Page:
Ireland brought home only one Olympic medal from the Sydney Games. The country’s hopes for gold were dashed when runner Sonia O’Sullivan narrowly lost the woman’s 5,000 meter race. She accepted the defeat gracefully and was visibly proud of her silver medal.
Dolan Does It!
Tom Dolan did it again. Following his Olympic success in 1996 the Irish-American swimmer (and one of our 1996, Top 100 nominees) seized two gold medals at the Sydney Games, one for the 200 meter individual medley and one for the 400 meter individual medley.
His success is especially sweet when you consider that Dolan suffers from exercise-induced asthma and his windpipe is only twenty percent the size of an average person’s. He was diagnosed with asthma when he was twelve, and he is unable to take many of the medications available to treat his condition because of rigorous U.S and International Olympic Committee guidelines.
Dolan is also a spokesman for the American Lung Association and in his free time he travels throughout the country educating families about asthma management. “There are a lot of bad stereotypes surrounding asthma,” he points out. “One is definitely that a person with asthma can never be an athlete or won’t be as strong as someone else might be. I never thought that I should stop because I have asthma.”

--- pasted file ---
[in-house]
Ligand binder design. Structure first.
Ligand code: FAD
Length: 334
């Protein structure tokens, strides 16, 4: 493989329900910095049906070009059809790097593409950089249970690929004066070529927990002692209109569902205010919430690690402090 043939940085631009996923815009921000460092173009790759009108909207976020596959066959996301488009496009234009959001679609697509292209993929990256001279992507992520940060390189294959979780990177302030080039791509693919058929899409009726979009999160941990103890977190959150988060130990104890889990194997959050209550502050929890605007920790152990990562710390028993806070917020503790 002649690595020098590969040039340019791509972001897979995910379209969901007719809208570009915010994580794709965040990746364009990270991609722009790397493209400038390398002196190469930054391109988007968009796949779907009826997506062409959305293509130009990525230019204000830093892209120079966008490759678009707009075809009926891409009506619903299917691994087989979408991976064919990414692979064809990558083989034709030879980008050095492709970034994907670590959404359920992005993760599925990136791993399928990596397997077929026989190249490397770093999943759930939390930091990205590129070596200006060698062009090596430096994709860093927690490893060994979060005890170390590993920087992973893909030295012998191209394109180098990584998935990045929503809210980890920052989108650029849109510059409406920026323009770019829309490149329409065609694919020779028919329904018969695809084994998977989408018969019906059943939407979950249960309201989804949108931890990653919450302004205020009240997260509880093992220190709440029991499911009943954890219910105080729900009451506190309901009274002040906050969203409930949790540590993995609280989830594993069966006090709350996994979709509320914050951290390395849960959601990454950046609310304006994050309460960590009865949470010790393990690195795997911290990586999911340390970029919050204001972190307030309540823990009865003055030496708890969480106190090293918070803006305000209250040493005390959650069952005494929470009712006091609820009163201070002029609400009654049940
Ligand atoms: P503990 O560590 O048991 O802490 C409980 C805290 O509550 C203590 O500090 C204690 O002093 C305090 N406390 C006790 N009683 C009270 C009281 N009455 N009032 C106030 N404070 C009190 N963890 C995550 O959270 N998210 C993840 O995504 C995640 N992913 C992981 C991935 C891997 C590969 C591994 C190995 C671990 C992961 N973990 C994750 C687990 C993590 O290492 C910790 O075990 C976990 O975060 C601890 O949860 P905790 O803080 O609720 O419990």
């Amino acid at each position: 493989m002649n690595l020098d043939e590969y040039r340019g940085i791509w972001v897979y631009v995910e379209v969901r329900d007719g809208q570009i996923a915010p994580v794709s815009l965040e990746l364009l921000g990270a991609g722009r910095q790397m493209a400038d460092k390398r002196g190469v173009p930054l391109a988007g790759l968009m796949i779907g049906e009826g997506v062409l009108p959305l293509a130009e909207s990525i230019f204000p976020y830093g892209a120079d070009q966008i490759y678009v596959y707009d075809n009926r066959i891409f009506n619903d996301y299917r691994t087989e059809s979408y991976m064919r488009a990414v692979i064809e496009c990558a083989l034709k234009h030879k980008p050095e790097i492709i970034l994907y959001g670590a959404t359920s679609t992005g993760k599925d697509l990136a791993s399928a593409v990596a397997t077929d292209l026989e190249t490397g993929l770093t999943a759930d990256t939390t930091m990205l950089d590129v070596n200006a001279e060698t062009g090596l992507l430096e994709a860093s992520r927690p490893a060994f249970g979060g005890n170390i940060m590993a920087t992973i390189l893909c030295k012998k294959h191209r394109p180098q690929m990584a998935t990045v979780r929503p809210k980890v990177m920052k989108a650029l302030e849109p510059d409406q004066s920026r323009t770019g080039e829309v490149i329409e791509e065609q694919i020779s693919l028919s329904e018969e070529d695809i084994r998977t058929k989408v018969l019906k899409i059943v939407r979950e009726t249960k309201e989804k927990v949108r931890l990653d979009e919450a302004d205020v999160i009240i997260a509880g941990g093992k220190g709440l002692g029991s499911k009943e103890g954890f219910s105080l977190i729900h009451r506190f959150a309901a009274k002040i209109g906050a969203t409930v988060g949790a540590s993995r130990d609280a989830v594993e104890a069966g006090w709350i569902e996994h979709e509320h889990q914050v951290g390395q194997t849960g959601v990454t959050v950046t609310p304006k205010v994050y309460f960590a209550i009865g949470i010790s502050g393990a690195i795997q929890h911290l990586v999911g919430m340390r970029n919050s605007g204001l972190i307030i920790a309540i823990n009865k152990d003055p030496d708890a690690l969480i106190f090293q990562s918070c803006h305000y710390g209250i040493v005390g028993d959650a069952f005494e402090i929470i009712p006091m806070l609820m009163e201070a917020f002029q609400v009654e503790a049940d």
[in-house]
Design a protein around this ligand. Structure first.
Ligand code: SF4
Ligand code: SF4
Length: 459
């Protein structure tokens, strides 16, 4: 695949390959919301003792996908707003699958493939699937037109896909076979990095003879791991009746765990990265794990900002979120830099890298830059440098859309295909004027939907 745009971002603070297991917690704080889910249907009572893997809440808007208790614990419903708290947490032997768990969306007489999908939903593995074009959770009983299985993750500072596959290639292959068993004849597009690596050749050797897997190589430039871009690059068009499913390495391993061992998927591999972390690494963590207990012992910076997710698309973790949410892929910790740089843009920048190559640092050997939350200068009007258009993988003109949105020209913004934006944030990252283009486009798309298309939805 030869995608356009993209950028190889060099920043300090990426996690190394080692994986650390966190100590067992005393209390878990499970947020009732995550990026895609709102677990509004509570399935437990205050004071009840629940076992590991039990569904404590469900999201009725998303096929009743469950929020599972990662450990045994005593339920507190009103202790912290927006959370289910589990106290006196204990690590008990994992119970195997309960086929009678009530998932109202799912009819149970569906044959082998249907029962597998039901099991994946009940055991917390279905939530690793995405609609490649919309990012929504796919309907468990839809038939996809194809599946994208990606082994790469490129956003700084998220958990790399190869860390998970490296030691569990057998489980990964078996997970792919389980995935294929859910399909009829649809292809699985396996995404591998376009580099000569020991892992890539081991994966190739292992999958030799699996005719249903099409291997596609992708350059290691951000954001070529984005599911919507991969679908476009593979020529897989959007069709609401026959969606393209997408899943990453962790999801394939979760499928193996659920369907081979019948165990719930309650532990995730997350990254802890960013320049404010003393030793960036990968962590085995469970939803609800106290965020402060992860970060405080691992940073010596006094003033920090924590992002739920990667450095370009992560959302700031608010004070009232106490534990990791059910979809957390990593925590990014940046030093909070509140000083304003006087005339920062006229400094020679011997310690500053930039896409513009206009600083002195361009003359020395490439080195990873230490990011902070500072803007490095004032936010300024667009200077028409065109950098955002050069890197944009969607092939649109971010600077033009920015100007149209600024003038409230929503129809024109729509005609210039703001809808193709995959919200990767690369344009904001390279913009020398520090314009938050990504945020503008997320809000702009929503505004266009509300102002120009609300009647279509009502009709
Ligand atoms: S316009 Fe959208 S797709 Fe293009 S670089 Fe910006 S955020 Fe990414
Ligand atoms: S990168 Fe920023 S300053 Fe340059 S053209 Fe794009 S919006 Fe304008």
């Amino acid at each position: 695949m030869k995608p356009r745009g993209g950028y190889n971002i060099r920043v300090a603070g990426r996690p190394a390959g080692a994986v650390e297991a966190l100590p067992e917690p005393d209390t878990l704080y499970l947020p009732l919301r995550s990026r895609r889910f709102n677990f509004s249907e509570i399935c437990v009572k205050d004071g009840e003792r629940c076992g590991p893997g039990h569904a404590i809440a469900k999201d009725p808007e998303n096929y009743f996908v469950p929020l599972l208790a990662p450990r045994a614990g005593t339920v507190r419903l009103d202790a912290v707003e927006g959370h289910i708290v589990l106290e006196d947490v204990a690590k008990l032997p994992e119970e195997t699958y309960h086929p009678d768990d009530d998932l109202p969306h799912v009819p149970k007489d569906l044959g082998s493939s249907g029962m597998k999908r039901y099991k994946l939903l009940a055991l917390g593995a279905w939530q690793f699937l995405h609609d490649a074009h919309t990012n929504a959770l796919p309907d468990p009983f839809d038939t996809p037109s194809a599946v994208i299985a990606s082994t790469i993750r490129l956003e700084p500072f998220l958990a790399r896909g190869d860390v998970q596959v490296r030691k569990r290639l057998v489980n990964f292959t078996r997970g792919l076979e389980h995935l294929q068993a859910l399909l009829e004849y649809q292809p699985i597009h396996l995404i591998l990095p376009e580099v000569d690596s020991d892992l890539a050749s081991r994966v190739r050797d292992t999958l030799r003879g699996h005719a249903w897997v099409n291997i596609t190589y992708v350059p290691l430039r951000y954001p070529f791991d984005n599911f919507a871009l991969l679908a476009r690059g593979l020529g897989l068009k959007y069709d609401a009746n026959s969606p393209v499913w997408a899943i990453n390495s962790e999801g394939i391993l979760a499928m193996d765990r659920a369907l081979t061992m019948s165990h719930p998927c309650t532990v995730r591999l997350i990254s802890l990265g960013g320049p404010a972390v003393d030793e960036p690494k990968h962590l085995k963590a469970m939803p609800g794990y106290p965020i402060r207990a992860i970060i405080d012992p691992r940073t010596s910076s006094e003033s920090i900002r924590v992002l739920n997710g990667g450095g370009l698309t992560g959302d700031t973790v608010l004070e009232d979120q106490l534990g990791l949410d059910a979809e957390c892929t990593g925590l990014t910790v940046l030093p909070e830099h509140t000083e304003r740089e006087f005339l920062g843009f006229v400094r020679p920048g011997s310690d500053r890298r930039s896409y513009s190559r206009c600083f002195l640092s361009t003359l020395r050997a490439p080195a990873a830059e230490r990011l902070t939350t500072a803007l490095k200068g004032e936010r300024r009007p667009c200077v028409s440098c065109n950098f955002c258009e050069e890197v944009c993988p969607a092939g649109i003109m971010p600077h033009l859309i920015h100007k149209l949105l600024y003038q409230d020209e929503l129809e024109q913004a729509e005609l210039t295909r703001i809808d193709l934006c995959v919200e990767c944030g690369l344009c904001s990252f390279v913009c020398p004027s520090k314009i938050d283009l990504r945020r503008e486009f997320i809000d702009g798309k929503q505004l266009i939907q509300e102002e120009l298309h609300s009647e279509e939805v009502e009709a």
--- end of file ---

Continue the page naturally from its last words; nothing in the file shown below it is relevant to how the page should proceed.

Carrying the Torch
The world’s oldest Olympian was back in the spotlight during the recent Summer Olympics in Sydney. Ninety-three-year-old Bob Tisdall, a native of County Tipperary now living in Australia, carried the Olympic torch 500 yards through his adopted home of Nambour on Australia’s Sunshine Coast. He was accompanied by his family and grandchildren. He described his part in the Olympic relay as the second most exciting experience of his life. The first was sixty-eight years ago when he won a gold medal at the Los Angeles Olympic Games in the 400 hurdles in a then record time of 51.7 seconds.
Ireland’s ambassador to Australia, Richard O’Brien, described Tisdall as a remarkable man. “I think Bob is the great personal embodiment of the Olympic spirit. He is proud of his Irishness and very proud of the fact that he won the gold medal in Los Angeles back in 1932.”
Back in 1932 Tisdall wrote to the president of the Olympic Council of Ireland requesting a place on the Irish Olympic team. And although he had never actually run that distance, he chose the 400 yards hurdles final at the Irish championships, qualifying him to compete at Los Angeles.
Did you know?
The original Olympic Flag is made of Irish linen. ♦